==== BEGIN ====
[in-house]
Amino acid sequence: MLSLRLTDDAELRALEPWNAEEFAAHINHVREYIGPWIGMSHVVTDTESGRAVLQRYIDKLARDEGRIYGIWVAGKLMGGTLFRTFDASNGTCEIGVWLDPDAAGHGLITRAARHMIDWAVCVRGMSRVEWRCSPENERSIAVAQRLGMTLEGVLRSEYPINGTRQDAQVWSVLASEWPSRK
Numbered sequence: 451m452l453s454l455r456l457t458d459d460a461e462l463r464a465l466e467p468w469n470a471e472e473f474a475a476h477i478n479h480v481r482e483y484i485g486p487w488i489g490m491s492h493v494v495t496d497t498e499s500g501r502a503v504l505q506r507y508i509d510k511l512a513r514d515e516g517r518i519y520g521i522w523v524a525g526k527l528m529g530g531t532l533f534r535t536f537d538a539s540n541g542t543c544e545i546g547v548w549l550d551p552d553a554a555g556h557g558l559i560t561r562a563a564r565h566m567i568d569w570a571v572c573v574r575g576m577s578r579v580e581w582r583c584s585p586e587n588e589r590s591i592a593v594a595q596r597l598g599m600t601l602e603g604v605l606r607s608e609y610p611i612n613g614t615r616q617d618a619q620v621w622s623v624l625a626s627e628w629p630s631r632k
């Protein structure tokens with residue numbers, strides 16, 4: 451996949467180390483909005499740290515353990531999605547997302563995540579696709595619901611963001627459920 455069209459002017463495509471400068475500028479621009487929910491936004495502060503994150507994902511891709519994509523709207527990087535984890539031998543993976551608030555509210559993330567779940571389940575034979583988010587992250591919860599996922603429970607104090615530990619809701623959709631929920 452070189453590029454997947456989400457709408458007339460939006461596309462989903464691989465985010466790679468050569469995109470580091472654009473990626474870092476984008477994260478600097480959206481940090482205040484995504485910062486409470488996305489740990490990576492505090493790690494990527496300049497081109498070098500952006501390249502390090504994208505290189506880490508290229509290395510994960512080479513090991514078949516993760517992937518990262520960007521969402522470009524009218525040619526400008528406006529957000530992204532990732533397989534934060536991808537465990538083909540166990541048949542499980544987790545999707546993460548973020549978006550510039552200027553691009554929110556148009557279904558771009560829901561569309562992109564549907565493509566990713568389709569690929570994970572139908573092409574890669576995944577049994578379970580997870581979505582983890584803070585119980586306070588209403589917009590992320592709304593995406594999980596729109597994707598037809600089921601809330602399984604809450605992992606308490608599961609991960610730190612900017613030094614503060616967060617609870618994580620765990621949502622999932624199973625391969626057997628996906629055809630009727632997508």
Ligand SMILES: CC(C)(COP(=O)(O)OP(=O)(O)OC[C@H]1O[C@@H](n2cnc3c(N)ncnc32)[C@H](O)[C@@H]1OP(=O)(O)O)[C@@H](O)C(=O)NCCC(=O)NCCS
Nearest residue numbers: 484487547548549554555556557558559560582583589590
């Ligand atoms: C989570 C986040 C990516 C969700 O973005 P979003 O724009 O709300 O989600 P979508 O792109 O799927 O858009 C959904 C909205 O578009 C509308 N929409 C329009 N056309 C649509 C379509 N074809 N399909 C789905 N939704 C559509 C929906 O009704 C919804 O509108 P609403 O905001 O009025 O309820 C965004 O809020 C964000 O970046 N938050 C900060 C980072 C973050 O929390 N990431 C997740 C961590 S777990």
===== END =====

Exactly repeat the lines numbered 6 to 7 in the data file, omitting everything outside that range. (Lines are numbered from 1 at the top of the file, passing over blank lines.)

Nearest residue numbers: 484487547548549554555556557558559560582583589590
């Ligand atoms: C989570 C986040 C990516 C969700 O973005 P979003 O724009 O709300 O989600 P979508 O792109 O799927 O858009 C959904 C909205 O578009 C509308 N929409 C329009 N056309 C649509 C379509 N074809 N399909 C789905 N939704 C559509 C929906 O009704 C919804 O509108 P609403 O905001 O009025 O309820 C965004 O809020 C964000 O970046 N938050 C900060 C980072 C973050 O929390 N990431 C997740 C961590 S777990």